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Rituximab: Correlation Between Effector Cells and Clinical Activity in NHL

Rituximab: Correlation Between Effector Cells and Clinical Activity in NHL

Unlabeled monoclonal antibodies (MoAbs) are attractive for the treatment of non-Hodgkin’s lymphoma (NHL) as they may: (1) mediate cytotoxicity with complement (complement-dependent cytotoxicity [CDC]) or effector cells (antibody-dependent cellular cytotoxicity [ADCC]); (2) effect apoptosis; (3) be less toxic, less immunogenic, and more effective than toxin- or drug-conjugated MoAbs; (4) not require the complex procedures needed for radiolabeled MoAb therapy (RIT); and (5) not produce the myelosuppression typical of high-dose RIT.

The anti-CD20 MoAb, rituximab (Rituxan) has low toxicity and significant activity. It is approved for the treatment of relapsed or refractory, low-grade or follicular NHL. In a single-agent study of 166 patients with refractory, low-grade or follicular NHL treated with rituximab at 375 mg/m² weekly for four infusions, the overall response rate was 48% (6% complete response [CR] and 42% partial response [PR]). Median time to progression for responders was 13.2 months and duration of response 11.6 months.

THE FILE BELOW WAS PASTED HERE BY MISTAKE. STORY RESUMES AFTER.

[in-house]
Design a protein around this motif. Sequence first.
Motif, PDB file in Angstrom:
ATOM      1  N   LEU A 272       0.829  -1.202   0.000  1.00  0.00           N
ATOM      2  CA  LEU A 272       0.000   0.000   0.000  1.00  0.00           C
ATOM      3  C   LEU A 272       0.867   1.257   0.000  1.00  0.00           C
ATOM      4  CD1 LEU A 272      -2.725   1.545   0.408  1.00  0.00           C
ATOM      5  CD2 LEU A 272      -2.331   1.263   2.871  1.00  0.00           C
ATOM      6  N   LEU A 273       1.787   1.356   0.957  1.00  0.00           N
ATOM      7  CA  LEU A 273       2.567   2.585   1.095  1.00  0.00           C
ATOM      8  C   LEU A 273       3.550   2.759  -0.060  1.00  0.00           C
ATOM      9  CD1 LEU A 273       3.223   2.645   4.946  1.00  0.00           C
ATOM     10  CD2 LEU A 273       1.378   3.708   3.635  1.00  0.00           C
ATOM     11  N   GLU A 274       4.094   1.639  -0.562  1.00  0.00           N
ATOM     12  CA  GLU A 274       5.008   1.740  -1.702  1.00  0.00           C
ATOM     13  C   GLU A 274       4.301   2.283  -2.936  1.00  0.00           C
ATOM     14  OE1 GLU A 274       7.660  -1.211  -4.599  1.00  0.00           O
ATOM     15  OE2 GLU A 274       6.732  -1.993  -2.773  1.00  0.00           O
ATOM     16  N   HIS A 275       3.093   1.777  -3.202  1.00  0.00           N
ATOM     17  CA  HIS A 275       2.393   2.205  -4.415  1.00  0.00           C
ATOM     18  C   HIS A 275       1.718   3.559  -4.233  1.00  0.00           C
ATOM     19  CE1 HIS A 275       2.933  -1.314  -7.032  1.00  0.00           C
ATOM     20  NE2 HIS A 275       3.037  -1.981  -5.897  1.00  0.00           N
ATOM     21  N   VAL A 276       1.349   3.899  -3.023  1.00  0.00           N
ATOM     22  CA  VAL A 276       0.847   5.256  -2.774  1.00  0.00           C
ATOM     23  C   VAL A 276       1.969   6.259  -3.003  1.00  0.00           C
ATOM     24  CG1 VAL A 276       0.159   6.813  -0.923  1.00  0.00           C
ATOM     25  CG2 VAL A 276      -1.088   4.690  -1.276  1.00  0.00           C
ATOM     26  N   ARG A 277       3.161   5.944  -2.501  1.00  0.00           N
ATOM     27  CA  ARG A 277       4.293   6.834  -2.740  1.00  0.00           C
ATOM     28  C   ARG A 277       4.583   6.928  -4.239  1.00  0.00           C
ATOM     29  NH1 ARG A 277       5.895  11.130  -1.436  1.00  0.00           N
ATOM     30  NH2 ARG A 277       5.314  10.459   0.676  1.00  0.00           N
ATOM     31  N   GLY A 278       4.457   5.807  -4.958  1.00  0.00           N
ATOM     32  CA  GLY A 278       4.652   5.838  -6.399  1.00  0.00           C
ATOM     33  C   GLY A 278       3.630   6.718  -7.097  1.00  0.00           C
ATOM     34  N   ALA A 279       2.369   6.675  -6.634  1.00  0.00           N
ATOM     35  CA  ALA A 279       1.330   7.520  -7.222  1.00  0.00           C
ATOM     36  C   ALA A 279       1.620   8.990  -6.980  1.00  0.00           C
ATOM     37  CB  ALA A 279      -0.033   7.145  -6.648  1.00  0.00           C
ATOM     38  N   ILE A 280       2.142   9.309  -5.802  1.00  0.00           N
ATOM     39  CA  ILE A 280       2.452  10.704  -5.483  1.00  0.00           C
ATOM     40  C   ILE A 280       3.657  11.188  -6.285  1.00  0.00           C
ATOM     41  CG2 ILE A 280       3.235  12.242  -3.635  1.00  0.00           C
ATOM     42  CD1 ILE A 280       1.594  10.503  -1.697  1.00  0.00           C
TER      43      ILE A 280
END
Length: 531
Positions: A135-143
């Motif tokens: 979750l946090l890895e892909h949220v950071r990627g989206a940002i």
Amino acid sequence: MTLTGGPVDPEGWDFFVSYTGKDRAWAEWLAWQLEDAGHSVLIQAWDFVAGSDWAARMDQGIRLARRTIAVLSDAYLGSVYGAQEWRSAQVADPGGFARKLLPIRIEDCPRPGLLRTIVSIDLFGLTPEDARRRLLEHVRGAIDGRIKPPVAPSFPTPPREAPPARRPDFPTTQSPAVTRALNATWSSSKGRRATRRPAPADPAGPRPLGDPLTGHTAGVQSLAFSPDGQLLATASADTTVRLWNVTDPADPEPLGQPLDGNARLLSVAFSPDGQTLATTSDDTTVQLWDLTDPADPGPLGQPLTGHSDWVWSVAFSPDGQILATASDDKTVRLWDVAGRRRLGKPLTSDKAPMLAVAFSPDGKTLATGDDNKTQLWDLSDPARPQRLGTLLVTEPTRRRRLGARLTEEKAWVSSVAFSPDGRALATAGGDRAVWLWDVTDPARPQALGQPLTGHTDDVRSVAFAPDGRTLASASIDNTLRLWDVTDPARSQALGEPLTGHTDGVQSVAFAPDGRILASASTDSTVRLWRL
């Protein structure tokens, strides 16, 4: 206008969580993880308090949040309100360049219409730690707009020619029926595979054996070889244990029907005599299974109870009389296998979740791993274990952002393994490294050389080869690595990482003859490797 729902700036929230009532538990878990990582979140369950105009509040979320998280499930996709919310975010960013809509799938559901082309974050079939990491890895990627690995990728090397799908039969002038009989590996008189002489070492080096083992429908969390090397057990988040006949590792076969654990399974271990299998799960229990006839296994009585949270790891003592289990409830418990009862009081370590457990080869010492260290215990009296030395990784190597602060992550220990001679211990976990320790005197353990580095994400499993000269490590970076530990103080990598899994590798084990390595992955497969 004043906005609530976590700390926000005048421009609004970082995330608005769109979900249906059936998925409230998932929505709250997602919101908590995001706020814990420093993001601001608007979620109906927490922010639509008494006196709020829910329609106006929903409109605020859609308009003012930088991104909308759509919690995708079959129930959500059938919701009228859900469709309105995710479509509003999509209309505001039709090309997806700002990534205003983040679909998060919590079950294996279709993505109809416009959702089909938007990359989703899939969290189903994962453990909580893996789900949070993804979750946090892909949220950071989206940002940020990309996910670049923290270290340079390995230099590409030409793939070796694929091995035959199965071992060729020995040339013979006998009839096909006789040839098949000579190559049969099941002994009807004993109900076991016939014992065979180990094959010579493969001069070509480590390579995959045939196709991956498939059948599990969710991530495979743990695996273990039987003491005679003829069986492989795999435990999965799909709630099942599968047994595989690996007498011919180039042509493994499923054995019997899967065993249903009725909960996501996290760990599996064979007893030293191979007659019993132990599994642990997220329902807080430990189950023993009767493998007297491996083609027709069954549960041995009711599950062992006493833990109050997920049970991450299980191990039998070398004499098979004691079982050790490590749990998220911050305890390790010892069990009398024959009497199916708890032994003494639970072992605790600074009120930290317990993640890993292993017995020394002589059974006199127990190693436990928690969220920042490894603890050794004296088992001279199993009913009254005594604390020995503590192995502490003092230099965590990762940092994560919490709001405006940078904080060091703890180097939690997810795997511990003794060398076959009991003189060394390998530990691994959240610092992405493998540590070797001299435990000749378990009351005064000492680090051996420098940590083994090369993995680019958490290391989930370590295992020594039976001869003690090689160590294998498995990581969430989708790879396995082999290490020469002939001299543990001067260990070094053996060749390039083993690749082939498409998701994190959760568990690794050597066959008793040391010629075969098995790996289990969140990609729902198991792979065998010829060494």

Median circulating B-lymphocyte counts dropped to 0 following the first dose. CD3, CD4, CD8, and natural killer (NK) cell counts remained unchanged. B-cell recovery in peripheral blood began at 6-9 months and was complete by 9-12 months. No significant changes in serum complement levels were noted.

The mechanism of action remains unresolved, with CDC, ADCC, apoptosis, and/or other mechanisms being considered. Humanized and chimeric antibodies are more likely to mediate/activate human effector functions. We have observed a correlation between higher absolute NK cell count at baseline and response to the MoAb.

CONCLUSION: ADCC may be an important mechanism for the clinical activity seen in patients treated with rituximab. Agents that increase effector cell number and function may enhance the MoAb’s clinical activity. Studies of rituximab in combination with interleukin-2 (IL-2), granulocyte colony-stimulating factor (G-CSF), granulocyte-macrophage colony-stimulating factor (GM-CSF), interferon (INF), and other agents are in progress.

Click here for Dr. Bruce Cheson’s commentary on this abstract.

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